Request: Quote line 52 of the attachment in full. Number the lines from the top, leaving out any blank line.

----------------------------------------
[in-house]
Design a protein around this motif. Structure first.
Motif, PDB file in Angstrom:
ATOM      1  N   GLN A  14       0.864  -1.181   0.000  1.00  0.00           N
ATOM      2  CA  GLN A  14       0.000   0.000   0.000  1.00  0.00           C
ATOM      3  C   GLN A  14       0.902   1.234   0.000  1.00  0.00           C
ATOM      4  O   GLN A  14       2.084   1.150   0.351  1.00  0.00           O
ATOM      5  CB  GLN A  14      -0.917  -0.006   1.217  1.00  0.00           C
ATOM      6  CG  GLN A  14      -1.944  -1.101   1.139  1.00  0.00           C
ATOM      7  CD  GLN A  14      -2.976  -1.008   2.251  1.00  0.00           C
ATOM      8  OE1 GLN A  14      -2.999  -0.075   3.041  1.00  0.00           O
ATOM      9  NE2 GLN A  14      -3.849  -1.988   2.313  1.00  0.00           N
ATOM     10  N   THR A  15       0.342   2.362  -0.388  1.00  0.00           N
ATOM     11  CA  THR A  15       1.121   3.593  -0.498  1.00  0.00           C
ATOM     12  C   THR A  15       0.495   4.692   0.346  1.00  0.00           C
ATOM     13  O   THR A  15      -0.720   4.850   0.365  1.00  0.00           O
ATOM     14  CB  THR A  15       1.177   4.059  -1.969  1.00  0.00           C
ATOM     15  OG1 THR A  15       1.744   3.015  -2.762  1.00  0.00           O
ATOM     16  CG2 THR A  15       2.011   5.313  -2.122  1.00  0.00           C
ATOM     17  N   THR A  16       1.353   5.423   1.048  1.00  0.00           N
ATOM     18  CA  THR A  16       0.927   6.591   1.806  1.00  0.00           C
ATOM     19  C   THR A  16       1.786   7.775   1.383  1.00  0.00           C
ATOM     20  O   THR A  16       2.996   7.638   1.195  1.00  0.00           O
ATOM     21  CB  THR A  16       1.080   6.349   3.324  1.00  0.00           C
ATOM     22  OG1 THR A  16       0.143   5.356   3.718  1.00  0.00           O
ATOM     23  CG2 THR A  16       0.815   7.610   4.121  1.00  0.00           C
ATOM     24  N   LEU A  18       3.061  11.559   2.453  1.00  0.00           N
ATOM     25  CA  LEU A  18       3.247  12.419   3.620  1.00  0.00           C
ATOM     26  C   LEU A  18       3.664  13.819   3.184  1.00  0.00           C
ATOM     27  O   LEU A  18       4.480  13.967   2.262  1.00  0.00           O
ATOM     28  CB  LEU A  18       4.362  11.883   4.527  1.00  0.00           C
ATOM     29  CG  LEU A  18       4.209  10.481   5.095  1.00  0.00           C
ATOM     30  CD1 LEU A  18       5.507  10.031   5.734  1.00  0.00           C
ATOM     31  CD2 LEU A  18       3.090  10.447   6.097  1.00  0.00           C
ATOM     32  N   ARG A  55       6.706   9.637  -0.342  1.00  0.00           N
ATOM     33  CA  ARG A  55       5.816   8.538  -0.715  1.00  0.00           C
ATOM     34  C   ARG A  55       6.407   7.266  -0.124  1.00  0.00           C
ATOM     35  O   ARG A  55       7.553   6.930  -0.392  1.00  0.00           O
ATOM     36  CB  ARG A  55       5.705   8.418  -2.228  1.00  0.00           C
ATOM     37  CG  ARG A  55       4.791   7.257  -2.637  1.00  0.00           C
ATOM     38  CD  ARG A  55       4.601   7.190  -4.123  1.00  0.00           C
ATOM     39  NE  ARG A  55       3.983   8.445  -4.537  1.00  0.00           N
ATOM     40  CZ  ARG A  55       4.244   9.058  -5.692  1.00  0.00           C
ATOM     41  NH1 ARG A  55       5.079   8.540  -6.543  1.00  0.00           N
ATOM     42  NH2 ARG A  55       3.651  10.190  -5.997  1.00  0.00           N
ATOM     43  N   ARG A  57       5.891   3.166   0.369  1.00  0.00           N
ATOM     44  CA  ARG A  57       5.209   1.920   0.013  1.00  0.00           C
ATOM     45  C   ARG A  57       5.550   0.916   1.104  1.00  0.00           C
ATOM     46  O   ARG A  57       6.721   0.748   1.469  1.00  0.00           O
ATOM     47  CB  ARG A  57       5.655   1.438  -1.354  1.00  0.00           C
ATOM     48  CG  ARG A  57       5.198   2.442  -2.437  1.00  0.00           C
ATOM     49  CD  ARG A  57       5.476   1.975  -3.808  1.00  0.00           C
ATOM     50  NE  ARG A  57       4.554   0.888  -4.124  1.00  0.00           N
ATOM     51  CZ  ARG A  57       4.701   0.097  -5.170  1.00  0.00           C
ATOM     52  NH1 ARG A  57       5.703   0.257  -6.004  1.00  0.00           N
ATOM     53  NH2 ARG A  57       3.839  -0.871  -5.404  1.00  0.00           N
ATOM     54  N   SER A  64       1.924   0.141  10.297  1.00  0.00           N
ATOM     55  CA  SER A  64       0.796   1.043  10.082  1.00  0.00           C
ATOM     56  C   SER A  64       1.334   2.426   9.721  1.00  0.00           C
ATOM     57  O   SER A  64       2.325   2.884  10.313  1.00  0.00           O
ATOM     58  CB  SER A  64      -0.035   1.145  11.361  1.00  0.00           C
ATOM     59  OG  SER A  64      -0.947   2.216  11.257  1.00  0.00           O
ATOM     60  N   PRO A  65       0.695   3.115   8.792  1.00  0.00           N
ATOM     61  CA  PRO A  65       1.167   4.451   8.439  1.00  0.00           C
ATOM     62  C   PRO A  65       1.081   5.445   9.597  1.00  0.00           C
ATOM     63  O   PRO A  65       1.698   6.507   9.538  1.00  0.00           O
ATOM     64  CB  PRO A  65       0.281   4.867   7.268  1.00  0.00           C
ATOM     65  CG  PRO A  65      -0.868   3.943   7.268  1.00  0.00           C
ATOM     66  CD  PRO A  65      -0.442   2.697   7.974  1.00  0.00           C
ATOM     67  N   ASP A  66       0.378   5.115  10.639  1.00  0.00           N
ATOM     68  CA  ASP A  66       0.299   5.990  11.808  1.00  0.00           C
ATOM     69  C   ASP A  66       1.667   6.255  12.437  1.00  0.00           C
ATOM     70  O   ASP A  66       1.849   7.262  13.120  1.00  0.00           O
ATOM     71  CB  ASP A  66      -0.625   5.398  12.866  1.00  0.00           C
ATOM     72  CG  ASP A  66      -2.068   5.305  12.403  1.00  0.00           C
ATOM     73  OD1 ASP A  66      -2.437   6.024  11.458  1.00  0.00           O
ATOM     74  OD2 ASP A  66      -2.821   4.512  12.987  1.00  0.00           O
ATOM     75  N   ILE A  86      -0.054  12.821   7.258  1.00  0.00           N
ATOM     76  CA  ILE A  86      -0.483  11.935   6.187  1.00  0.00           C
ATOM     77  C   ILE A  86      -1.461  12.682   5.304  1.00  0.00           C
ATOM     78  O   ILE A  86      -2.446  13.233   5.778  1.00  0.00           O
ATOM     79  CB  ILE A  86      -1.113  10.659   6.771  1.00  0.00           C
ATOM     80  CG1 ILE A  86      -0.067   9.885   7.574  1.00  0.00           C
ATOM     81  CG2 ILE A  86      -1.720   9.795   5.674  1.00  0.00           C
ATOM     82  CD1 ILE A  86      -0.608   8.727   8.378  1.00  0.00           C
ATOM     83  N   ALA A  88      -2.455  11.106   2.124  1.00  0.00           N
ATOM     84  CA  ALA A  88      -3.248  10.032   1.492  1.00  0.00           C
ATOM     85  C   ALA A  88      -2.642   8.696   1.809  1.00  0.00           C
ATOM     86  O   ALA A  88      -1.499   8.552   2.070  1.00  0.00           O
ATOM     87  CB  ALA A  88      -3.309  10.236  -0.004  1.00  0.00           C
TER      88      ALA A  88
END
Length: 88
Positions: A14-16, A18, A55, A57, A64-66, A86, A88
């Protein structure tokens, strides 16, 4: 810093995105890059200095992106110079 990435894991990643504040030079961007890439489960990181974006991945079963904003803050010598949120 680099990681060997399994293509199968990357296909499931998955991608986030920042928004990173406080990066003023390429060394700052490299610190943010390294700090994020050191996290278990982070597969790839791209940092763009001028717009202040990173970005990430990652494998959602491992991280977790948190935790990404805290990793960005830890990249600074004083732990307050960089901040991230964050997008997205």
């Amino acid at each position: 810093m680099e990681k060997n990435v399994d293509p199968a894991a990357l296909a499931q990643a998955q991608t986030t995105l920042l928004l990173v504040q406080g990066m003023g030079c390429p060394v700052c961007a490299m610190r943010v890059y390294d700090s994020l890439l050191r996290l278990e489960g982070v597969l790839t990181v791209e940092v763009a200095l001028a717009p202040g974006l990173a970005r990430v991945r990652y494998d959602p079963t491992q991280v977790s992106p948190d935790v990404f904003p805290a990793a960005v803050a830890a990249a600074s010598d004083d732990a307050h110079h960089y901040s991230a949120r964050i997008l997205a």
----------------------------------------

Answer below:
ATOM     49  CD  ARG A  57       5.476   1.975  -3.808  1.00  0.00           C